NEWS: Mazda is working on a new, possibly turbo, rotary engine

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Last fall at the Tokyo Motor Show Mazda revealed a stunning vision for the future. Appropriately, it was called the RX-Vision, and as the name implies, it was a rotary-powered sports car in the tradition of the Mazda RX-7 and Cosmo Sport. While it was loved by enthusiasts, most have been burned one too many times by the “Here’s an incredible concept for you to drool over but we won’t build it” switcharoo. Not this time. 

Mazda SkyActiv-R rotary engine patent drawing 04

We had heard from company sources that Mazda has been working on a new type of rotary engine, but proof of this has been confirmed by newly discovered patent drawings revealed today. Taken from the US Patent and Trademark Office, the filing (PDF) appears to confirm that development of the SkyActiv-R rotary engine is not only well underway, but significantly different than Mazda’s previous rotary designs.

Mazda SkyActiv-R rotary engine patent drawing 03

For one, the intake port is on the bottom, by the crossmember where the turbo has traditionally sat. The reason for this, Mazda says, is because the longer distance the air must travel in the intake manifold helps create inertia, providing a “dynamic forced-induction effect.” However, just in case that’s not enough forced induction for ya, having the exhaust port on top gives exiting gases a shorter trip to the turbo, which means less resistance and quicker spooling.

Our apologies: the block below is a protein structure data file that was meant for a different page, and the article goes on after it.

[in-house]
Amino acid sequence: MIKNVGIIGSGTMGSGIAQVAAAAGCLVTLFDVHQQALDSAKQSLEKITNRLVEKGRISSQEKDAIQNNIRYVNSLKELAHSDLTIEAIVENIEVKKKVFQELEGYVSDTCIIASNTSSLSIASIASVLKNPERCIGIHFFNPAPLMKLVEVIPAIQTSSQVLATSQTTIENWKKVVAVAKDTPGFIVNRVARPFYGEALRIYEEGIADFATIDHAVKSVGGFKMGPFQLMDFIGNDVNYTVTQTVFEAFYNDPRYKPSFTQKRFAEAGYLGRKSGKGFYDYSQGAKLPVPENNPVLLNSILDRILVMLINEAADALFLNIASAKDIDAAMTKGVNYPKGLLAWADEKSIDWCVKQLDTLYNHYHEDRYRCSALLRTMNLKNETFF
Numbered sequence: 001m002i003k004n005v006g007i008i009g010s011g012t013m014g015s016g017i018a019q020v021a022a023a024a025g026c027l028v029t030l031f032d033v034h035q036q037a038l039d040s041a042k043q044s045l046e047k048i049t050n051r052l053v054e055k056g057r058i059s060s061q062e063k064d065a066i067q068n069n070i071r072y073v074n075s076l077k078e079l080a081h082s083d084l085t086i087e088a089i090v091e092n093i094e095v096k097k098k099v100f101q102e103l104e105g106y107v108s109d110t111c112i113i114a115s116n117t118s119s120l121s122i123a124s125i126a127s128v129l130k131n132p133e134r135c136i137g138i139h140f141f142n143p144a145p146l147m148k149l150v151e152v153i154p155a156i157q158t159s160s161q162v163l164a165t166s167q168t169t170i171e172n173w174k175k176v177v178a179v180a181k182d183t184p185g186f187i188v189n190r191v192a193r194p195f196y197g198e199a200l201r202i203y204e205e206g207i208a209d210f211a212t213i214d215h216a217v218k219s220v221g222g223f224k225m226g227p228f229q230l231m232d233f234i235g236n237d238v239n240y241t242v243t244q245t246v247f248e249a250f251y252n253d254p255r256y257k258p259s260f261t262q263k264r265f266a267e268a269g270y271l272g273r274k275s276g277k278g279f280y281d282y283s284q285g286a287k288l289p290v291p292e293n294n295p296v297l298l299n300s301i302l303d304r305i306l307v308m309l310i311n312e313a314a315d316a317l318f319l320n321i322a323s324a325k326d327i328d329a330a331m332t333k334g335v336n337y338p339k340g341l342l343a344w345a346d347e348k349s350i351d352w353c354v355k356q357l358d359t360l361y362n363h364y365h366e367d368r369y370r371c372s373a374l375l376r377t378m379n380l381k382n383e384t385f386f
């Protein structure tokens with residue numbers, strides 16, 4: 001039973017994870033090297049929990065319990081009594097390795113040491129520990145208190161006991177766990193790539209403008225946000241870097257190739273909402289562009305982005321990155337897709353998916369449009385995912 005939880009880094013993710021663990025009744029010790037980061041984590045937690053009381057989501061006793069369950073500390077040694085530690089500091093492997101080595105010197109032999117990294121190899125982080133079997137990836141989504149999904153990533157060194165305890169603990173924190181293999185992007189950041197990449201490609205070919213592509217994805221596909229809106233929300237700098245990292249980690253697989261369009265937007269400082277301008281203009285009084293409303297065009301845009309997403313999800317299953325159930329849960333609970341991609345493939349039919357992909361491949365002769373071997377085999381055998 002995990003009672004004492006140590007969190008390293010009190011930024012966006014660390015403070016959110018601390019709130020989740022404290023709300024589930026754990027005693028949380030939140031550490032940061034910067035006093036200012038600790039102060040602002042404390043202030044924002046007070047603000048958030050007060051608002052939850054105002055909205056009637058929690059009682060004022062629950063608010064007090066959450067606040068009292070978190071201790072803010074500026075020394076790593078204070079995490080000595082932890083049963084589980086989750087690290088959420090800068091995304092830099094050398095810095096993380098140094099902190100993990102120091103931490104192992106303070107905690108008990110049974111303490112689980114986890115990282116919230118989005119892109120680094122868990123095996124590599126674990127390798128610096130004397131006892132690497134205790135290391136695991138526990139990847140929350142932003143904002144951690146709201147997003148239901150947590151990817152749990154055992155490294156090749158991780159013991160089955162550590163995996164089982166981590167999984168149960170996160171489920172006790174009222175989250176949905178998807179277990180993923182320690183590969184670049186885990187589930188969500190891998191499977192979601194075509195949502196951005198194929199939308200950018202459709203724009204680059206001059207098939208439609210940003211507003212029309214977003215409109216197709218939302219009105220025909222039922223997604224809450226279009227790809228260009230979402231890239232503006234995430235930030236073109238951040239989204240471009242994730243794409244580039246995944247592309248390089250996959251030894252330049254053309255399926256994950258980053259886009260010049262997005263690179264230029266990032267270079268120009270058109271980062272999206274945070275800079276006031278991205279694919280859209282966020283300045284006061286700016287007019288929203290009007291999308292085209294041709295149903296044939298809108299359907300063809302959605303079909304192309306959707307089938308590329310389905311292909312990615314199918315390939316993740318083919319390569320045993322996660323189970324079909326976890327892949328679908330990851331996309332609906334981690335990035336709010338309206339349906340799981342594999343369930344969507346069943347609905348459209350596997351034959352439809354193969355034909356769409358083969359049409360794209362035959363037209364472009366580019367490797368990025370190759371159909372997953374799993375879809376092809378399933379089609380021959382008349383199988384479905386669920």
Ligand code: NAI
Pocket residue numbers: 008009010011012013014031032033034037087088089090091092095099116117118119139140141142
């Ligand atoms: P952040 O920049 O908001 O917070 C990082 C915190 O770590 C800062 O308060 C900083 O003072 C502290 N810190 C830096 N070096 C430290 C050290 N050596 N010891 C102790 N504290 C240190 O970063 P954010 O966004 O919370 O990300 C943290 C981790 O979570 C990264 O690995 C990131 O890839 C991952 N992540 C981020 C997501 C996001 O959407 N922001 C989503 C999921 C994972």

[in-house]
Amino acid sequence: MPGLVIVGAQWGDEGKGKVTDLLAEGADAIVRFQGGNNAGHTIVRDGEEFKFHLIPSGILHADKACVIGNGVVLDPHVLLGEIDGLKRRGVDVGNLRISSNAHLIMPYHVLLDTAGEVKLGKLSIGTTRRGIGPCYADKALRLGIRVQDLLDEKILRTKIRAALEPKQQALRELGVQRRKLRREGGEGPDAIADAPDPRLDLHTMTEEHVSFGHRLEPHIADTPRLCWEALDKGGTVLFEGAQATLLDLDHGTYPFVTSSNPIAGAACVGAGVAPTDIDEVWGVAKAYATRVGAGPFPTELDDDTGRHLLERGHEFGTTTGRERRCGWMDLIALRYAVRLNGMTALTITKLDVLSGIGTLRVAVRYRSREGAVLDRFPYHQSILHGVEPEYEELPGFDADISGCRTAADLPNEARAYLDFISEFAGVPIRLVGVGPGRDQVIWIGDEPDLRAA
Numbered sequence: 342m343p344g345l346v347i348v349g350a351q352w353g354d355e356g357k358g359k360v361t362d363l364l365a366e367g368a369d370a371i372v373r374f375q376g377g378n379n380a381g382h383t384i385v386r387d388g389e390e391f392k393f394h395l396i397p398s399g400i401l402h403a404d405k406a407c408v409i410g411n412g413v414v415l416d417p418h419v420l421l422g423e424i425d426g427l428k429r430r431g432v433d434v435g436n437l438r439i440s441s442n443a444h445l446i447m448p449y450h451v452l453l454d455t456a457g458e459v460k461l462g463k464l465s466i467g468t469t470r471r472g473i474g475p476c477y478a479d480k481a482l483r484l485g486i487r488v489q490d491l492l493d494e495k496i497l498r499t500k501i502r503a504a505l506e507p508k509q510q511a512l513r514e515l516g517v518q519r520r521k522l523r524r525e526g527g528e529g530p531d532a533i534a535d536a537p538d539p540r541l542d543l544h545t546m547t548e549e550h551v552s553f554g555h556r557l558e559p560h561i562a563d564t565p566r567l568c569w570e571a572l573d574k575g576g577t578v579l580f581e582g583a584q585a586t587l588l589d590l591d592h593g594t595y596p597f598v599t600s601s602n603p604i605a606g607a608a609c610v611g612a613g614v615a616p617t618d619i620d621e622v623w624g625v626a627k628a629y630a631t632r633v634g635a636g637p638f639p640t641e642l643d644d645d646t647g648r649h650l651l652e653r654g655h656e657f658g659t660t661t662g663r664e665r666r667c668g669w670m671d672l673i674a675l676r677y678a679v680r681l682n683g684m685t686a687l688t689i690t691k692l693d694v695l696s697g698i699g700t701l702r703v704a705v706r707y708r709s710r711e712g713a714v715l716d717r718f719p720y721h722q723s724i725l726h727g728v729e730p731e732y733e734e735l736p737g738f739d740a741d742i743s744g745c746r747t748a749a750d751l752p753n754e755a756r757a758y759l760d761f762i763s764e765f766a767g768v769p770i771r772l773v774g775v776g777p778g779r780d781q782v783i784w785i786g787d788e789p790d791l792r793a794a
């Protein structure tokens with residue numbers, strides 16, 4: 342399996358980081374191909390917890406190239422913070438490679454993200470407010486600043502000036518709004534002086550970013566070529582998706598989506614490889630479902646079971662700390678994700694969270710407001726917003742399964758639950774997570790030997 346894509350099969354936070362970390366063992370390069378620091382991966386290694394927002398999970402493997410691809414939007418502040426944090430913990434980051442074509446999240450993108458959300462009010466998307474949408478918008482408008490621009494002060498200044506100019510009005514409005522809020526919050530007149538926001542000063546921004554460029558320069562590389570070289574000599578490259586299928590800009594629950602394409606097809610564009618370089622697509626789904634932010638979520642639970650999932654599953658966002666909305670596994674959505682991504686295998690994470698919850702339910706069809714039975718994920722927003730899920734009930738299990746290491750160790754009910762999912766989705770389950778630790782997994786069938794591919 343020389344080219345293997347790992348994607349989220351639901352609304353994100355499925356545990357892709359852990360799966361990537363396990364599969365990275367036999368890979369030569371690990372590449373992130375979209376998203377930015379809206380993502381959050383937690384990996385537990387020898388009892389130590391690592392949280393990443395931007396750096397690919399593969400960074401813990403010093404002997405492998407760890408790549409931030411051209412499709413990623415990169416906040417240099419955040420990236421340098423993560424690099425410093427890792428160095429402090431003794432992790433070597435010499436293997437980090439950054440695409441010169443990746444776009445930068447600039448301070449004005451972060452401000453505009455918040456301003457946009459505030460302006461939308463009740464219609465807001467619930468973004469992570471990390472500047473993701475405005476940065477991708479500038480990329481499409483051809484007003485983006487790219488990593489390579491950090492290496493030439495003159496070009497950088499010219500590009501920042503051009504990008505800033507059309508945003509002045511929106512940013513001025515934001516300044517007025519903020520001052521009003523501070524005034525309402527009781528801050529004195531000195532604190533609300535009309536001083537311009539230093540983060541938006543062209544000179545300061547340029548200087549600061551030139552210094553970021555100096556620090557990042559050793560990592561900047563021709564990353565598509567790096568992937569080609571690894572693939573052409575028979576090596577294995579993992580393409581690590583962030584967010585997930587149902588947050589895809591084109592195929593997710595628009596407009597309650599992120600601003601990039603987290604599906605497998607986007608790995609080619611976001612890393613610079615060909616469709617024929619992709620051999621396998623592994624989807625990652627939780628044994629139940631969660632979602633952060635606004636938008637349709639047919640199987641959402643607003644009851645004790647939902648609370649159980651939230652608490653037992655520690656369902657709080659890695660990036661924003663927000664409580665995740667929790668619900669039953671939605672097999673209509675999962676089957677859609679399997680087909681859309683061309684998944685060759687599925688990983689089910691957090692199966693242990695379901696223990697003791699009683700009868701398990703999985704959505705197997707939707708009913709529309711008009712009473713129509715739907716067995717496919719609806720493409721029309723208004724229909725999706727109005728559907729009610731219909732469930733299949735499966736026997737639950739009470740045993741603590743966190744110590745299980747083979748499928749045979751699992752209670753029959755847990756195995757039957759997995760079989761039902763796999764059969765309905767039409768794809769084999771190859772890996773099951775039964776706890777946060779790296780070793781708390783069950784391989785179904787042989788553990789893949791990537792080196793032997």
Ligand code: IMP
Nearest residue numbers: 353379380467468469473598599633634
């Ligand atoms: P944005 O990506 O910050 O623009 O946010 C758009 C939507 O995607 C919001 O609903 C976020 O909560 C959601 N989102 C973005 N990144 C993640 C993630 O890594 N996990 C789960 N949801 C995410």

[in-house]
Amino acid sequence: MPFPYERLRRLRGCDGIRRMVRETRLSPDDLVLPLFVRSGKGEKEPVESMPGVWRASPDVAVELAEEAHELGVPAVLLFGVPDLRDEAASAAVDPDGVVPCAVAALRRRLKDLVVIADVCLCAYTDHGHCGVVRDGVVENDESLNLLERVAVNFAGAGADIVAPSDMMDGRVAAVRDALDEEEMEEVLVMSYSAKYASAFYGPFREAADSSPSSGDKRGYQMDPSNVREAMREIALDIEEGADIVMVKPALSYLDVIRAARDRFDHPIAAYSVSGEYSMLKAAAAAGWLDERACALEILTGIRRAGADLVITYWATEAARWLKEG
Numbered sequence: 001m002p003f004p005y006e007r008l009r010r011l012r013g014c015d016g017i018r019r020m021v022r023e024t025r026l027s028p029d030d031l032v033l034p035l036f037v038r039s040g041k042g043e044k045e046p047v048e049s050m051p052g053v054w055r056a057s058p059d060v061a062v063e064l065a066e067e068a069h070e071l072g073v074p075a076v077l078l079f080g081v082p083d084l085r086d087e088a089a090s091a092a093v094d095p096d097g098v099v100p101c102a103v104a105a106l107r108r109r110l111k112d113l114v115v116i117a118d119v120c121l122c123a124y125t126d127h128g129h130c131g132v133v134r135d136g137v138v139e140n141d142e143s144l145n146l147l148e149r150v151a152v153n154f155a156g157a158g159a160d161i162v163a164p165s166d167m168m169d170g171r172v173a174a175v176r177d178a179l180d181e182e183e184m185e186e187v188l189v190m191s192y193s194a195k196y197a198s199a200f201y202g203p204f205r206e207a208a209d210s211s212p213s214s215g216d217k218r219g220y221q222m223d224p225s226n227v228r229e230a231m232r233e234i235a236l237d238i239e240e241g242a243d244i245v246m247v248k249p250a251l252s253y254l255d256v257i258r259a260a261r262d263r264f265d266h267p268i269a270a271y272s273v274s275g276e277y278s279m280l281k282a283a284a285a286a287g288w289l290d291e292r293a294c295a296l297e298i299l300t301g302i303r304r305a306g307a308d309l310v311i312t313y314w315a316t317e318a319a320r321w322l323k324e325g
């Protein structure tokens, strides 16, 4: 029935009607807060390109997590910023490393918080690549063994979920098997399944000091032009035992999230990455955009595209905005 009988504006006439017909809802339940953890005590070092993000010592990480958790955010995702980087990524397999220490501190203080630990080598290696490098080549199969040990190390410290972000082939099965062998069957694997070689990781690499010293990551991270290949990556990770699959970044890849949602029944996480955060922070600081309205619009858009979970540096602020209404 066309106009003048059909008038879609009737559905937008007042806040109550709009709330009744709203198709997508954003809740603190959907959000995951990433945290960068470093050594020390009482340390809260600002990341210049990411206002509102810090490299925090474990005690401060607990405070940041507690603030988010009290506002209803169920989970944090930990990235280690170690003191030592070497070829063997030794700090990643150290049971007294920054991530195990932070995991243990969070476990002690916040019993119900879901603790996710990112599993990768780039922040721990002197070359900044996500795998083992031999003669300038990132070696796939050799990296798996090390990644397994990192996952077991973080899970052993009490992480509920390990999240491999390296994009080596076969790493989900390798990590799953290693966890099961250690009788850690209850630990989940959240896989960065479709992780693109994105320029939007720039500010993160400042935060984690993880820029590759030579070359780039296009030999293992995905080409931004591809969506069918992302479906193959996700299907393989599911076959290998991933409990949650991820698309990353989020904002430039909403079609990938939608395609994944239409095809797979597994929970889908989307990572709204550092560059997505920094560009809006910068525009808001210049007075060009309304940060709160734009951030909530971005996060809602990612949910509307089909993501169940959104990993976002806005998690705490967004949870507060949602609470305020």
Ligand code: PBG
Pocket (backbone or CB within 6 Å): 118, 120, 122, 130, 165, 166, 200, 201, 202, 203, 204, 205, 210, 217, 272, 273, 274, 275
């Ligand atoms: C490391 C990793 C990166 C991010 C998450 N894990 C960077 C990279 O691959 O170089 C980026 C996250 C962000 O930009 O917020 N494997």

Mazda RX-Vision Sk50030

Understandably, journalists have been wary of declaring rotary engine production, having been proved wrong by other promising (and promised) concepts. Remember, though, CEO Masamichi Kogai gave an impassioned speech at the Tokyo Motor Show about how he personally wants to make a rotary sports car a reality. In talks both public and private, company engineers constantly describe the rotary engine as the soul of Mazda. Sure, these could be dismissed as typical marketing buzzwords, but given everything we know about Mazda and its culture, it’s not.

Mazda Cosmo Sport Spirit of Mazda

The car that this new rotary engine ends up in won’t look like the RX-Vision. That was just a design study, albeit one that makes a strong statement about where Mazda would like to see itself go as a company. Apparently, a beautiful, rotary-powered sports GT is the ultimate expression of the marque’s philosophy. The company is strong on heritage, and is fully aware that the 50th anniversary of its rotary engine is next year, 2017.

Back when the RX-Vision was unveiled, we called it Mazda’s battle cry in a world that has largely abandoned the sports car. Now they have the ammo to back it up.

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18 Responses to NEWS: Mazda is working on a new, possibly turbo, rotary engine

  1. Tim said:

    Mazda, I am waiting. I have made my bank account ready for you. Bring me the GT of my dreams!

  2. Jim Simspson said:

    I hope they really plan to build this car it is amazing to say the least…

  3. no salsa said:

    Sounds to me like they turned the engine upside down.

    • j_tso said:

      That’s exactly what the first drawing shows.

      Looks like it’d be a pain to change that injector if it needed to be.

      • emuman said:

        The intake system should be simplier, because the new engine has only one intake port. So at least you have less injectors to change and they should be reachable from the bottom.